A Russian shell hit the house of Valeriy, 54, on the northern outskirts of Kyiv amid the siege of Kyiv in the first month of the full-scale Russian invasion of Ukraine. The fire threatened his apartment and the stairs collapsed in his stairwell. He tells how his wife and he were rescued and how he had to leave his city that he wasn’t going to leave.
“We didn’t plan to leave Kyiv under any circumstances. If it hadn’t happened to us and we had a place to live, we wouldn’t have left till the end. Not all people flee the city. Everyone thinks it will end well somehow because there are many people and apartment blocks… But this ‘somehow’ doesn’t work, you know,” says 54-year-old Valeriy from Kyiv.
Together with his wife, he stayed in Kyiv till the last minute. When suddenly, Russian artillery bombarded their nine-storey apartment block in Obolon on March 14 at 5:09 a.m.
Before the war, the man worked at a hardware chain store near his home. But on the first day, it was closed because of shelling. The family stocked up with food and prayed for peace every day. Valeriy wasn’t able to get through the military registration and enlistment office. And the Kyiv Territorial Defense Forces had no weapons left.
“I was waiting for Tuesday when the military registration and enlistment office started working. I wanted to know what to do. Time was passing so slowly, and it couldn’t continue like that. I had to do something: either work or be in the army.”
On Sunday, March 13, Valeriy was cleaning his apartment. Before going to bed, he prayed with his wife for people to stay alive and homes untouched. Everything seemed alright, but they had a strange feeling that day. Later on, the couple woke up from a blast.
“I think I understood what the war is in just a second. We have a three-bedroom apartment on Bohatyrska Street. There are no blocks outside our window, just the road to Vyshgorod. We sometimes saw smoke coming from Pushcha-Vodytsia and heard bombing and automatic gunfire. We were used to it, so we didn’t panic much. And then there was a blast. I was sleeping near the wall and woke up immediately. The window was blown out. It was dark and smoky. Plastic foam in the walls and window was burning. I will remember that smoke and the smell of burning for the rest of my life.
[quote]“My wife didn’t yet understand what had happened. I told her: ‘Valia, wake up!’ She got up. The blanket we covered our window with was blown out, and the windowsill. A little bit higher—and we would not exist anymore.”[/quote]
Their windows were covered with thick blankets. It saved them from broken glass pieces. Valeriy switched on the light, but the lamp went out immediately. Their metal front door was stuck. Even a neighbor couldn’t help unlock them. There was no fresh air to breathe in the apartment. The entire third floor was on fire, and the fourth floor started burning.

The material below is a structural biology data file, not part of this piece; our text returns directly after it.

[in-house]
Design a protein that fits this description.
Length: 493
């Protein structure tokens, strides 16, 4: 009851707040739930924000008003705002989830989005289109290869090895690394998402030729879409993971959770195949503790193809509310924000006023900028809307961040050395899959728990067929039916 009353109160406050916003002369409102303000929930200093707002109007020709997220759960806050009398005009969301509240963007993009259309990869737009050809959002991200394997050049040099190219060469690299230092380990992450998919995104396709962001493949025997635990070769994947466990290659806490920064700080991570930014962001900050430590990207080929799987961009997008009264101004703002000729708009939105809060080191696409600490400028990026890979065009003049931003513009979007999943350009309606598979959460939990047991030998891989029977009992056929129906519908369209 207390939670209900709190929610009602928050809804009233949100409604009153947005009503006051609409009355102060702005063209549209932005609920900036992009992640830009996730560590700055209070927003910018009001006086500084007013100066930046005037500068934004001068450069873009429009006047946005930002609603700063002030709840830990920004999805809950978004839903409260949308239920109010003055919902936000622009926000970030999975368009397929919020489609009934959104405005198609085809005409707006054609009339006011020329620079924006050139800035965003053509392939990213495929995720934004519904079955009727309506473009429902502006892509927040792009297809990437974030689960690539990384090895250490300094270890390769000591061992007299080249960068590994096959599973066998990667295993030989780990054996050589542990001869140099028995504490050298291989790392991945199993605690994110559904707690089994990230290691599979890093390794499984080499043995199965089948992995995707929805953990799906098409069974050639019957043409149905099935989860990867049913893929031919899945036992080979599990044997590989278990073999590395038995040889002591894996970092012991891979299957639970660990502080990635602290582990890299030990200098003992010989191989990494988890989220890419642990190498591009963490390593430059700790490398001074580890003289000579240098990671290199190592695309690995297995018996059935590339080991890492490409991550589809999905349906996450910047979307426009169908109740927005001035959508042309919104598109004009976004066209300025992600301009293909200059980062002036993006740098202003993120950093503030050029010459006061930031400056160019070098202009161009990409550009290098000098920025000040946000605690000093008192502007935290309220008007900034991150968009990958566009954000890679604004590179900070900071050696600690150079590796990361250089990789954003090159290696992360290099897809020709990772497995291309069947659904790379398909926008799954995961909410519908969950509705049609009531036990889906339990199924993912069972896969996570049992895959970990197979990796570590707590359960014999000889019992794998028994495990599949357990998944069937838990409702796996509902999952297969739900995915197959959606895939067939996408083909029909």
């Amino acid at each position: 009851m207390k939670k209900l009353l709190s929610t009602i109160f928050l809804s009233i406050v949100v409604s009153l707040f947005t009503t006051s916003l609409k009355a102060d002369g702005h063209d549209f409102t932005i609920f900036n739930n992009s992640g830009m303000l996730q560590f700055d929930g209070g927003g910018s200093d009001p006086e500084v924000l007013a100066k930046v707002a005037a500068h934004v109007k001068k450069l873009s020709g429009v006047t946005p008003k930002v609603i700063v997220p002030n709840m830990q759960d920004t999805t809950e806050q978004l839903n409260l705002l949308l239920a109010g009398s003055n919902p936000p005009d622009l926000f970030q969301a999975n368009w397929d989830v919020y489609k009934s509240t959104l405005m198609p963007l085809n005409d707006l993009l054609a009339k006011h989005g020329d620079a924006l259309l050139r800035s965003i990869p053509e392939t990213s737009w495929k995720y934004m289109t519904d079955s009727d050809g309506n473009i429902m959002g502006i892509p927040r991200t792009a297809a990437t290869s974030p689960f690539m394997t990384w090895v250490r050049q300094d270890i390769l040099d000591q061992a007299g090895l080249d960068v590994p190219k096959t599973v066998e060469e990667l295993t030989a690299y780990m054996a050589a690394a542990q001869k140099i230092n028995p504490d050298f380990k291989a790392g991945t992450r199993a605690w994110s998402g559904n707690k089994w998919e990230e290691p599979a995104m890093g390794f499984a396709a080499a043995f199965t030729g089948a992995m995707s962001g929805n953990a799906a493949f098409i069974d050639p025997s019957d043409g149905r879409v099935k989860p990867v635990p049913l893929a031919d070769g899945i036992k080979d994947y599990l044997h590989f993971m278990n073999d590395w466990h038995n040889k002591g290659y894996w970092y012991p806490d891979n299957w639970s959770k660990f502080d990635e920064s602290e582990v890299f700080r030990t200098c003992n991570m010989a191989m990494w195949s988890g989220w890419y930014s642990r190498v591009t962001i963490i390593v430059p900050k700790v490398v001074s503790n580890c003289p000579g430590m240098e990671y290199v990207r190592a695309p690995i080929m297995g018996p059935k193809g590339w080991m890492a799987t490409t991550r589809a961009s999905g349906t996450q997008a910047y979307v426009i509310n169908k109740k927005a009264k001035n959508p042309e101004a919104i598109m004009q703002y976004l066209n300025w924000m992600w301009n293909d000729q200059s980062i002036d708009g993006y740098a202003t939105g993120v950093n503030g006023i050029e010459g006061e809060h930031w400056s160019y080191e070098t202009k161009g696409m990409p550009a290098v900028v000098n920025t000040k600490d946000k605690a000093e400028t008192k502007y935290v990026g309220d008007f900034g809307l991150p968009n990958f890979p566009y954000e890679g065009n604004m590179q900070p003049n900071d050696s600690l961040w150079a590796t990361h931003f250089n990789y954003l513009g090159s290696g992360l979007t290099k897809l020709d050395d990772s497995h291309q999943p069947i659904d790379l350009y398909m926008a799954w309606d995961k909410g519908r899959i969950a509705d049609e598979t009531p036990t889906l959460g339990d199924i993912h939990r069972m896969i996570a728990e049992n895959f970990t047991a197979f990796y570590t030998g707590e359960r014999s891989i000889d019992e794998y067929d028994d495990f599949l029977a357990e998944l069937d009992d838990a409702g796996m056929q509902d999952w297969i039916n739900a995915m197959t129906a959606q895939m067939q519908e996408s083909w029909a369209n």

They were on the sixth floor.
“We tried to call our daughters but couldn’t get through. They both live in Kyiv but in different areas. I thought that if we were about to burn, we could tell at least one of them that we loved them.”
Valeriy soaked the blankets in water: there was only warm water from the boiler left in the tap. After countless attempts, the door finally opened.
“There are often miracles during the war. In life, they happen, too. The fact that the door has opened is a miracle. The three of us, including the neighbor, weren’t able to open it. I still have cuts on my hands. But then it opened somehow,” recalls the man.
They grabbed their small backpacks and passports and got to the fourth floor. There were no stairs anymore. Their neighbors gathered near the elevator. Most of them were wearing whatever clothes they were sleeping in.[quote]Then rescue workers arrived. They leaned a ladder to the wall on the sixth floor for evacuation. People took only the most precious things with them. One woman only took her dog. Their elderly neighbor was the last one to climb down. He fell off the ladder and didn’t survive.[/quote]
Valeriy and his wife survived. The man got injured, with plenty of cuts on his hands and feet as they ran barefoot on broken glass. Glass pieces damaged the walls and ceiling in their flat. Fridge doors, windows, and doors were blown out, too. The entrance hall is completely ruined, and the cars near the building are burnt down.
After the bombing, the family temporarily moved to their relatives in Khmelnytskyi Oblast. Their children stayed in Kyiv.
“When we were leaving, everyone was crying… I wondered if we would see each other again or not. Nothing has finished yet. Nobody knows how it will turn out. But I do want to come back to Kyiv. I believe that we will be back.”
Recorded by Khrystyna Semeryn. Illustrated by Tanya Guschina.
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